Legal Update – January 29, 2021
Practice Point: One of the most difficult decisions our injured railroad clients must make is the decision to settle their case or take it to trial. There are dozens of factors that weigh on this decision, but there is one factor worth addressing that one of our clients and DSM was recently forced to grapple with.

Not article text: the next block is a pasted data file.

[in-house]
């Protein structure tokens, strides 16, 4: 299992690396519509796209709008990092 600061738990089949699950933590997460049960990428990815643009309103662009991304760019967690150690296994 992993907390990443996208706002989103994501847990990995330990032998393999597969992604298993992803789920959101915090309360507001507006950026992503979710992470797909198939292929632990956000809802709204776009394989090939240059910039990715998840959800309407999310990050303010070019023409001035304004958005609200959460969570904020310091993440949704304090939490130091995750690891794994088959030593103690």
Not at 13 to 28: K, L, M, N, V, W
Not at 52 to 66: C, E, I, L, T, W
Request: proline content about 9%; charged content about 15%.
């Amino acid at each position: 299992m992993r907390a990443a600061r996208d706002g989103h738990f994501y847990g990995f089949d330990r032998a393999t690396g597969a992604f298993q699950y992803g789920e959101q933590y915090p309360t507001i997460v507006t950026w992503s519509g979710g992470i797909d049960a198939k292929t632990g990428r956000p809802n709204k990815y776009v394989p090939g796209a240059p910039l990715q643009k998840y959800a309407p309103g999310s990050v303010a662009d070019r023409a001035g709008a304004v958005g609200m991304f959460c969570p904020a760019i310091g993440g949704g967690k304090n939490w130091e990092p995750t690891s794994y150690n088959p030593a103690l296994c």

Until 2019, if an injured railroad worker took his/her case to trial and won, and received a money Judgment against the railroad, that money was not taxable. However, in the case of Burlington Northern v. Loos, the U.S. Supreme Court ruled for the first time that if a railroad worker’s Judgment includes lost wages, those wages are considered “pay for time lost” under the tax code and may be taxed. On the other hand, if the same railroad worker were to have settled his/her case out of court, the money is not taxable because the tax code allows the railroad and the injured worker to place language in the settlement agreement that none of the funds are “pay for time lost.” If that sounds like a legal technicality, it is; but it’s an important one because we must now advise all our clients that we can protect money in a settlement from taxation, but we cannot legally shield the money from taxation if the money is paid by a Judgment at trial. Naturally, this affects the decision to settle the case or try the case. DSM works hard to advise our clients on the potential tax consequences of settling the case versus going to trial, and we invite the chance to answer any questions on this complex issue.